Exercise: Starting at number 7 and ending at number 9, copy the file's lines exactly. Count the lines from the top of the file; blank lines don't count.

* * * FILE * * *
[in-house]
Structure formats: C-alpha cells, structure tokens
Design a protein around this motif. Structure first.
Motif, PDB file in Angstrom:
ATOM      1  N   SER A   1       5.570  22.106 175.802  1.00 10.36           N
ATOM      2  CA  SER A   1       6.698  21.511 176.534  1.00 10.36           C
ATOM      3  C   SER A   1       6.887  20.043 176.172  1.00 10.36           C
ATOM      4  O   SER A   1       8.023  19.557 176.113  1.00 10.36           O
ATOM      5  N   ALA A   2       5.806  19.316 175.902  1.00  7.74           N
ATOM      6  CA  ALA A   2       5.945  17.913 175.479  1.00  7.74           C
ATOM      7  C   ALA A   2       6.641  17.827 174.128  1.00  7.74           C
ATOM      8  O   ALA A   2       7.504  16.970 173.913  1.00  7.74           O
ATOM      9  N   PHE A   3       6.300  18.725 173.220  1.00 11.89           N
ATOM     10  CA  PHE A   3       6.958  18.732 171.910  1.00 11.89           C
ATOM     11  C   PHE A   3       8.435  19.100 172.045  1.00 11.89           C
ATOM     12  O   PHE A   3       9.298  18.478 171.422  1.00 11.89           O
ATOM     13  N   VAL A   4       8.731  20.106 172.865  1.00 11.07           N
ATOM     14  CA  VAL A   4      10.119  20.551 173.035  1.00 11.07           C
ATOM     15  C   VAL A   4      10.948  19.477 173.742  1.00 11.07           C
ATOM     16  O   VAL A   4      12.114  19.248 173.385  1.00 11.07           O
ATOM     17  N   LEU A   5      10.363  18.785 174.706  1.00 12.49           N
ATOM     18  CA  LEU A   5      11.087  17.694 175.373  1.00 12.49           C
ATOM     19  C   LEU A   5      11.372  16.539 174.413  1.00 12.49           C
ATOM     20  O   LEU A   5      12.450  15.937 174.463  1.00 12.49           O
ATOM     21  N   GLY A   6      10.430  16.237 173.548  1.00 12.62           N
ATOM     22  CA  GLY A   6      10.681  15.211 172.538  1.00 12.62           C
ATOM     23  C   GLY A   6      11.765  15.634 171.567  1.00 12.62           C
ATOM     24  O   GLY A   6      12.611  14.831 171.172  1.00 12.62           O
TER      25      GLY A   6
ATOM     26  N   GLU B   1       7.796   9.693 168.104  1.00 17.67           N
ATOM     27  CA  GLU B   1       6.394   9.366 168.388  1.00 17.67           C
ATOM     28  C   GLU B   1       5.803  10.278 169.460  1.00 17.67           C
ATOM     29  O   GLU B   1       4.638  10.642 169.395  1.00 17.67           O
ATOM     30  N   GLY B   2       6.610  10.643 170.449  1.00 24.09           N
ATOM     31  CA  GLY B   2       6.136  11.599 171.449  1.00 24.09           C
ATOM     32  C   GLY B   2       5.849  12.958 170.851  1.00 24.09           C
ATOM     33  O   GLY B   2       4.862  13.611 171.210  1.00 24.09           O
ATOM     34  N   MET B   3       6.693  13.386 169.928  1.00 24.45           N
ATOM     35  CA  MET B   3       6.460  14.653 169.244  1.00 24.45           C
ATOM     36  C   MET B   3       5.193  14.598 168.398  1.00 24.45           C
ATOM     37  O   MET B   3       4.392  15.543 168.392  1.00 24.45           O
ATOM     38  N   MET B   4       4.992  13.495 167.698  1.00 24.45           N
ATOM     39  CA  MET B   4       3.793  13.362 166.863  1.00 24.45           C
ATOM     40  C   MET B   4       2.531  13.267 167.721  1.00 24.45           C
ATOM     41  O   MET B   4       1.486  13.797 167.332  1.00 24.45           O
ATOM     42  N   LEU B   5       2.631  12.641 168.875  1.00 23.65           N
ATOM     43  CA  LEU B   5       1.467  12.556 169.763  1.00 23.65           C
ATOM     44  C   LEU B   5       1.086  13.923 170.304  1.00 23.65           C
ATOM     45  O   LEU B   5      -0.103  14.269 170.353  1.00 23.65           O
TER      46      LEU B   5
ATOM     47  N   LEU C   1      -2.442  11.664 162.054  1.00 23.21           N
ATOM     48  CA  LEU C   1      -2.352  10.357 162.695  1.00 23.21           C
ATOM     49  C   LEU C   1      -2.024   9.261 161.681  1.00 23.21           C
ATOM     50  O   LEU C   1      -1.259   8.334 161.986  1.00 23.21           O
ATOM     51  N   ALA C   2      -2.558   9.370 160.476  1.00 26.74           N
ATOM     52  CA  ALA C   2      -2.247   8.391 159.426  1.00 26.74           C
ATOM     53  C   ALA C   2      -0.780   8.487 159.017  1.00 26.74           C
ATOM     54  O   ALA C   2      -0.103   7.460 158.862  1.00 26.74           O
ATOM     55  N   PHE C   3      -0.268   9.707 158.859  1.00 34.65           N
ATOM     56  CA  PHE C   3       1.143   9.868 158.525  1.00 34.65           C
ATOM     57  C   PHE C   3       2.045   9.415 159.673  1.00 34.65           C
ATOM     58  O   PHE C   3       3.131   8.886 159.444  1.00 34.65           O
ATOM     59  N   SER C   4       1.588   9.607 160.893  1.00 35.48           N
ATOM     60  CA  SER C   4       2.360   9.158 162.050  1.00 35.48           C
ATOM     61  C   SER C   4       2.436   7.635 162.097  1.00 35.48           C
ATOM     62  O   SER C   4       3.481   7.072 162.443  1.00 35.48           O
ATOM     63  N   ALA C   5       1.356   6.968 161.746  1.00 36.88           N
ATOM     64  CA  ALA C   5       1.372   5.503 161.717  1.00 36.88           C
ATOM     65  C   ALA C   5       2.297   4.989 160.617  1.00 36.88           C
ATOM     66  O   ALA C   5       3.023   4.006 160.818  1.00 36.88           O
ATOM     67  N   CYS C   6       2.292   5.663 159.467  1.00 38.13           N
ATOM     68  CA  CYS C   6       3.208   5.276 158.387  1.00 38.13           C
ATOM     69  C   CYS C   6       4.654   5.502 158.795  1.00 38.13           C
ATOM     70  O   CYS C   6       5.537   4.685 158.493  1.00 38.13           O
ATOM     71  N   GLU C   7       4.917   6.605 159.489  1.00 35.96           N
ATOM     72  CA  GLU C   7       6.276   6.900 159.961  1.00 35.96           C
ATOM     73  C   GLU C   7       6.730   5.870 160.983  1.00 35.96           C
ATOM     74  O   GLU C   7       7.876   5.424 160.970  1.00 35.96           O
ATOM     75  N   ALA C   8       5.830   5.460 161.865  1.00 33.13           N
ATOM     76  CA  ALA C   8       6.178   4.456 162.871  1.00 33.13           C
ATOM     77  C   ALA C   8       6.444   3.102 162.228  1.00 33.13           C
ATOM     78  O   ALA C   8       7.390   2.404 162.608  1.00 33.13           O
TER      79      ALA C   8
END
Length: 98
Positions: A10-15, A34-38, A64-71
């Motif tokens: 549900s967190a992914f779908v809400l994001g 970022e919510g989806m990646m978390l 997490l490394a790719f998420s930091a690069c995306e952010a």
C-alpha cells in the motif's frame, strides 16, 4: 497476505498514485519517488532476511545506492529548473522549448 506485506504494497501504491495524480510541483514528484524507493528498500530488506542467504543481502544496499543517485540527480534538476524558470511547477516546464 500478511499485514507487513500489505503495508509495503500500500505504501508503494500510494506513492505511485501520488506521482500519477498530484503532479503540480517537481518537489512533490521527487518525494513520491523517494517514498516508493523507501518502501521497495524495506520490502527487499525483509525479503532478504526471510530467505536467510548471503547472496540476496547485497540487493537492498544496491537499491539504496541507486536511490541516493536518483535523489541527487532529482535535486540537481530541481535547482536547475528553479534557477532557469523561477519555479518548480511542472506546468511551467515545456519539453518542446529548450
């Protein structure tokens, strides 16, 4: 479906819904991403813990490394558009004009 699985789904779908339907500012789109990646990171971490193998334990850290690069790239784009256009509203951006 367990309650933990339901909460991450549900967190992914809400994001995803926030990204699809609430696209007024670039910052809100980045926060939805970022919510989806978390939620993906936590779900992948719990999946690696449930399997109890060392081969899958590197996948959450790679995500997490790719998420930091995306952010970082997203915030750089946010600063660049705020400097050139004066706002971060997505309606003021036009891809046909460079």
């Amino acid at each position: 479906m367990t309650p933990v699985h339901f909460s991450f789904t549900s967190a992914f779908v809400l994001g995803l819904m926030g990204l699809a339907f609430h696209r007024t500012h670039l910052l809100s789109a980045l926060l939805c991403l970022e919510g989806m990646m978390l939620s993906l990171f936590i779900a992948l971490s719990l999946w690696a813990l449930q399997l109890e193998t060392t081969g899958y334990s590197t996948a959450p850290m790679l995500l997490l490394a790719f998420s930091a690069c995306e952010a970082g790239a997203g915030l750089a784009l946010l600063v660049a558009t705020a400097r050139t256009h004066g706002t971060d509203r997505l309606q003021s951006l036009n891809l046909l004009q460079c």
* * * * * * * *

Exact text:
ATOM      3  C   SER A   1       6.887  20.043 176.172  1.00 10.36           C
ATOM      4  O   SER A   1       8.023  19.557 176.113  1.00 10.36           O
ATOM      5  N   ALA A   2       5.806  19.316 175.902  1.00  7.74           N